Fiona Duncan-One question and one question only: a question without a simple answer

Governments are statutorily obliged to undertake consultations. And so they should. Listening, understanding and amending proposed policies and plans is of critical importance to a society that values the rights and wellbeing of its population.  

But collected responses to consultations don’t always throw up simple, single answers.  

And so, it has been with the Scottish Government consultation on the proposed National Care Service, particularly whether children and families social work should be included within its remit.  

From the perspective of children and families, the only question that should be asked and answered is whether inclusion of services to support them in a National Care Service will work to #keepthepromise. Therefore, The Promise Scotland commissioned independent analysis into the consultation responses the Scottish Government received and published.  

Of the 1095 responses published, 521 offered a view on the question 'Should the National Care Service include both adults and children’s social work and social care services?'  This was 373 individuals and 147 organisational responses. 

Of those organisations that specifically referenced the promise in their consultation, there was no clear majority for or against including children’s services in the National Care Service, but rather a need for further consideration that would require more information to properly understand the potential outcomes for children and young people. So, although at first glance it may be accurate to say that 78% of organisations who answered, answered ‘yes’ to the question, the devil is in the details.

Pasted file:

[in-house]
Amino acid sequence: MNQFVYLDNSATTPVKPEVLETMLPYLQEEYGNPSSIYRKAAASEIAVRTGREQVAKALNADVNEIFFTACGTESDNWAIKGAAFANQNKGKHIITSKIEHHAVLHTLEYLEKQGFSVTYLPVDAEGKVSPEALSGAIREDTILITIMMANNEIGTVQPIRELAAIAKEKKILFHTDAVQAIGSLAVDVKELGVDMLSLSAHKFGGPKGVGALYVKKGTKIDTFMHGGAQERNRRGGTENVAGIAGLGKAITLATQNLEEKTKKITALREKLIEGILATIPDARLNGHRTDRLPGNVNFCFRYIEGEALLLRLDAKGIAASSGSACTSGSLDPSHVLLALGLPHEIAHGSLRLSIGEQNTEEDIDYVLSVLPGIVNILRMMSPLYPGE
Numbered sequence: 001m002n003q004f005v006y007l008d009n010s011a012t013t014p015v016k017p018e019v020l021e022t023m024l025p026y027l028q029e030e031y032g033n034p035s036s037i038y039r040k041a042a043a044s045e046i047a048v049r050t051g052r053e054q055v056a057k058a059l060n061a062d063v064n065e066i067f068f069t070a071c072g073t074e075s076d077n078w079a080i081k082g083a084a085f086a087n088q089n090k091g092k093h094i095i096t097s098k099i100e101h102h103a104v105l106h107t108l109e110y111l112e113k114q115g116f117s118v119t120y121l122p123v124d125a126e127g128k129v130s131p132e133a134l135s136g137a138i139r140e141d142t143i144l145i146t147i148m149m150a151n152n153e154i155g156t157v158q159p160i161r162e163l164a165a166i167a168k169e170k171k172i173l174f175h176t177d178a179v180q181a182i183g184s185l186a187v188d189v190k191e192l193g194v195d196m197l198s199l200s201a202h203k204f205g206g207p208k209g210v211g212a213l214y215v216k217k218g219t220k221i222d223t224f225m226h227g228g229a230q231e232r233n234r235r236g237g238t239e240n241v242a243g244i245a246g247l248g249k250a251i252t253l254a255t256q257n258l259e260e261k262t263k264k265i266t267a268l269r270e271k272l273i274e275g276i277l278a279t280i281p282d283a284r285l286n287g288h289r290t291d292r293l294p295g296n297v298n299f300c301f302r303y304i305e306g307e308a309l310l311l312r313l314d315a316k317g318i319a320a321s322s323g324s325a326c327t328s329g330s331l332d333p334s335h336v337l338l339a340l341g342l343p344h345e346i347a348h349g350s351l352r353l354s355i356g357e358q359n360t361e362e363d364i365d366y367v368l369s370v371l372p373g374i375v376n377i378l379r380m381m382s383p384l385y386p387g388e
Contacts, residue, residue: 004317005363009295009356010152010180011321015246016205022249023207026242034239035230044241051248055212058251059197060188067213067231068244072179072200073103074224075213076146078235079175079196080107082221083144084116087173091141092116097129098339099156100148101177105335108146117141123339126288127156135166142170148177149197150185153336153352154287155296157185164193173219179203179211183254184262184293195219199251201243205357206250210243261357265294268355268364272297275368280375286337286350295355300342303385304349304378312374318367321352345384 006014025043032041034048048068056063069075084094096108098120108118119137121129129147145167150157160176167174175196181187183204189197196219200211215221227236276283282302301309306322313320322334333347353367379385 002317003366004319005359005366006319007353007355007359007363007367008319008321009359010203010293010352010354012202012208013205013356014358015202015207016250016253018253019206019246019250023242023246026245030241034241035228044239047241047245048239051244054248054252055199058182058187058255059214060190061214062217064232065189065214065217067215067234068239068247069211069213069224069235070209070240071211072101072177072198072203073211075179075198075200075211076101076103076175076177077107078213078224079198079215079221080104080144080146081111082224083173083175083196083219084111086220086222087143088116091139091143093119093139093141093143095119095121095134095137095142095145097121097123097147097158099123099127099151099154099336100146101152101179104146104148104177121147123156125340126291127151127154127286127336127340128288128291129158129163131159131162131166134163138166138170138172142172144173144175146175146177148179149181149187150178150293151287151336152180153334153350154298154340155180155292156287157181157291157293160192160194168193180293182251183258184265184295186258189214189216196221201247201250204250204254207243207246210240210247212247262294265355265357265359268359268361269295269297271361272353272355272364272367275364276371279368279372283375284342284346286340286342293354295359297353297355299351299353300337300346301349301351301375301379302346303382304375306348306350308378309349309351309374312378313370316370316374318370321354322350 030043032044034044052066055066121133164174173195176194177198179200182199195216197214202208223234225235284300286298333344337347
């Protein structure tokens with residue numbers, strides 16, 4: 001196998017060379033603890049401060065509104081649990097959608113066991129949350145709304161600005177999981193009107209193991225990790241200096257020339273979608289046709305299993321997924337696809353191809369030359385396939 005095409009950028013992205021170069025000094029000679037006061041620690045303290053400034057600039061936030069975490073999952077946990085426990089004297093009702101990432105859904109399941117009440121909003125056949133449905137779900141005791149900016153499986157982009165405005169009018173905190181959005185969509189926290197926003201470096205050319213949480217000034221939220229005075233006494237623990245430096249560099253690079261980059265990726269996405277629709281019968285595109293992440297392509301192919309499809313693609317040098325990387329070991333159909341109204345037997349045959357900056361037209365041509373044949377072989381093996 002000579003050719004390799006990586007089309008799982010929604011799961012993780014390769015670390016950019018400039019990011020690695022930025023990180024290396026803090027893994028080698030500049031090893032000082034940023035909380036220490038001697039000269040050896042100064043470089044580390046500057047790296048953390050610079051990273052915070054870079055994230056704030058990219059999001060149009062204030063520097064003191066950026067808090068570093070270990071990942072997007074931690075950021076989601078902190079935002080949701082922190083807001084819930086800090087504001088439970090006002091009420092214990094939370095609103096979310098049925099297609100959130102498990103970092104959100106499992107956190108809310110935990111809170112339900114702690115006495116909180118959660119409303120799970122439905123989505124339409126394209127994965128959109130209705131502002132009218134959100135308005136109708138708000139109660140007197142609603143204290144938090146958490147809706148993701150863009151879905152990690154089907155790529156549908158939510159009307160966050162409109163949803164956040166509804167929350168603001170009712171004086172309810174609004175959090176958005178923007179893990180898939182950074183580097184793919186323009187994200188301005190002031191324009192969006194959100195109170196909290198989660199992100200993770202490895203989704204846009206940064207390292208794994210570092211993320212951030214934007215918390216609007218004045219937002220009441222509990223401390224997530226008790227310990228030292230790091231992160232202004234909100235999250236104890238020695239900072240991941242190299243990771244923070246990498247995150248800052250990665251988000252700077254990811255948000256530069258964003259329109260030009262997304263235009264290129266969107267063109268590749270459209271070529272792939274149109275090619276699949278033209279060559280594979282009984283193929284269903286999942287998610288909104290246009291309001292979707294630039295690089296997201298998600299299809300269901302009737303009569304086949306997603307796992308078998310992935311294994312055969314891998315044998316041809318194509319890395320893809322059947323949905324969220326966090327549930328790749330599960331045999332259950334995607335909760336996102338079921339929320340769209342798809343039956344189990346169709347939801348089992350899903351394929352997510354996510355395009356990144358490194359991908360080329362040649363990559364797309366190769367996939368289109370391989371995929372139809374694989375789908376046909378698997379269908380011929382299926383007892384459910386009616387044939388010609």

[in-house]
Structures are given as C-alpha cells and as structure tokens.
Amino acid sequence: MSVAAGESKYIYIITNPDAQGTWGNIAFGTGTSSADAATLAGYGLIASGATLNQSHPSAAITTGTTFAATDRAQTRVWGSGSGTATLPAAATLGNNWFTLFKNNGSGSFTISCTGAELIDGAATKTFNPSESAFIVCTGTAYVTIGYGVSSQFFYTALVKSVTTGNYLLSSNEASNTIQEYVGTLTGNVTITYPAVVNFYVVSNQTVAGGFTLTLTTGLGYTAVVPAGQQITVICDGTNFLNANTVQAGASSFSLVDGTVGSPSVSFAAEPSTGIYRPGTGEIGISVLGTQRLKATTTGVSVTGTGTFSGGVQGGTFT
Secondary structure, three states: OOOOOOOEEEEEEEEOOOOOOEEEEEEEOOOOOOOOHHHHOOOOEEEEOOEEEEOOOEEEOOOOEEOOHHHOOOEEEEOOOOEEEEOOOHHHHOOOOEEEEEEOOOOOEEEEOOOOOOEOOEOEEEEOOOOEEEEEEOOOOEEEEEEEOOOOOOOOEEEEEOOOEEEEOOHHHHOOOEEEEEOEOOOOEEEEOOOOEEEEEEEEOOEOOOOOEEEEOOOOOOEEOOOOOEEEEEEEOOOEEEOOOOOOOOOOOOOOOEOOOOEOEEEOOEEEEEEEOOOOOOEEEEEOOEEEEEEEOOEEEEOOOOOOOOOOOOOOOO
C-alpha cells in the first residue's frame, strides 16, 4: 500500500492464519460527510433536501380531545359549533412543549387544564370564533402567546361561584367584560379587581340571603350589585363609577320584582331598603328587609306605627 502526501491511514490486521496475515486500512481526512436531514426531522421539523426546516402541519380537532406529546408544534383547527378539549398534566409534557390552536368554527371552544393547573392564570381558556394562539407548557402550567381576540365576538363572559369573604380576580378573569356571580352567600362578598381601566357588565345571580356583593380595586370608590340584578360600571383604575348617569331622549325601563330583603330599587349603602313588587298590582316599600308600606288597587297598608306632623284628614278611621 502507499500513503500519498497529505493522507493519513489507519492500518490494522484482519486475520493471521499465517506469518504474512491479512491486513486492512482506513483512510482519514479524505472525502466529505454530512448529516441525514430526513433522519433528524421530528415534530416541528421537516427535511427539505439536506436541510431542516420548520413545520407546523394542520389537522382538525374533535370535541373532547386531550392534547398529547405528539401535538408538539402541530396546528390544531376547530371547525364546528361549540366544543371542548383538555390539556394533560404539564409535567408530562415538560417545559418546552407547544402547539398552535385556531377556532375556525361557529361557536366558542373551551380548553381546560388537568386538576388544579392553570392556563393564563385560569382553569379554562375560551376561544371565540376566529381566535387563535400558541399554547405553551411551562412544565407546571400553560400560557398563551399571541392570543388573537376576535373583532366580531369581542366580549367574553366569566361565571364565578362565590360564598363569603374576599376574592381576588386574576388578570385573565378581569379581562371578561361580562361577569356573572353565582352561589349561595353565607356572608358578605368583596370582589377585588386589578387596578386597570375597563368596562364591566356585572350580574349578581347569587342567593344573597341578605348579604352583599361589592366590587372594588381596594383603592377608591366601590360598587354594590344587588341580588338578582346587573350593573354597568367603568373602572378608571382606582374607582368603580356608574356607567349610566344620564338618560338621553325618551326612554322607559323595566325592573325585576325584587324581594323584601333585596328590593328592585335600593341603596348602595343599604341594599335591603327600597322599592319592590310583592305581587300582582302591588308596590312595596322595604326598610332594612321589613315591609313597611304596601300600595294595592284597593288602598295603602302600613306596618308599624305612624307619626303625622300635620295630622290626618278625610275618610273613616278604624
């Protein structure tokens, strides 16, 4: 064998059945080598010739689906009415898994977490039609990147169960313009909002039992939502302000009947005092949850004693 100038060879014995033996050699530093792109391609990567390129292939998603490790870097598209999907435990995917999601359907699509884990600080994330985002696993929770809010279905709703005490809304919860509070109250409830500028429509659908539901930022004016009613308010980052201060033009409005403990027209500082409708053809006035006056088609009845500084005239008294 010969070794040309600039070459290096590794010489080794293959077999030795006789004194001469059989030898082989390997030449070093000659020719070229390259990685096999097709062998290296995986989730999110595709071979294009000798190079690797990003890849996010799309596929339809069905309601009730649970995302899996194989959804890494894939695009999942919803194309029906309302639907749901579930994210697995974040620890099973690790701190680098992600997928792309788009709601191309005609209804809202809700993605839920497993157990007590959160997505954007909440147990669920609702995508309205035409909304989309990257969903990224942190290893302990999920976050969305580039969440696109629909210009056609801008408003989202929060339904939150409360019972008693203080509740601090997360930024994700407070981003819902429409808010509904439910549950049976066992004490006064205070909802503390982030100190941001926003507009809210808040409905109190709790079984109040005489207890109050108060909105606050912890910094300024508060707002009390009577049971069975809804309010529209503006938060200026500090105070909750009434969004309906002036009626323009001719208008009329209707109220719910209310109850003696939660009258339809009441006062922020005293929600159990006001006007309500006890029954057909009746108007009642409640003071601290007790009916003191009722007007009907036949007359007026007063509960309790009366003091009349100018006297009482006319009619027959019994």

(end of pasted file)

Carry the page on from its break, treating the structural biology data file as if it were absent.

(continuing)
What is clear is that those who are committed to #KeepThePromise are not of a firm view - rather they want to see a robust evidence base to inform any decision, to make sure that proposed structural change does not inhibit progress, to fully understand any rationale.  

Crucially, responses were predicated on the need for any change to actually result in better integration and a more holistic approach to children and families lives, as opposed to the creation of structures. 

Reducing the answers in the consultation to a simple yes or no misses the important details in considered responses, ignores the complexity of the question and overlooks the nuances of people’s daily lives.   

Across Scotland, people are grappling with a question posed by The Scottish Government. 

Whatever Government decides, answering it wasn’t easy.  

Read the Interim Analysis here....

National Care Service and the promise: Interim Analysis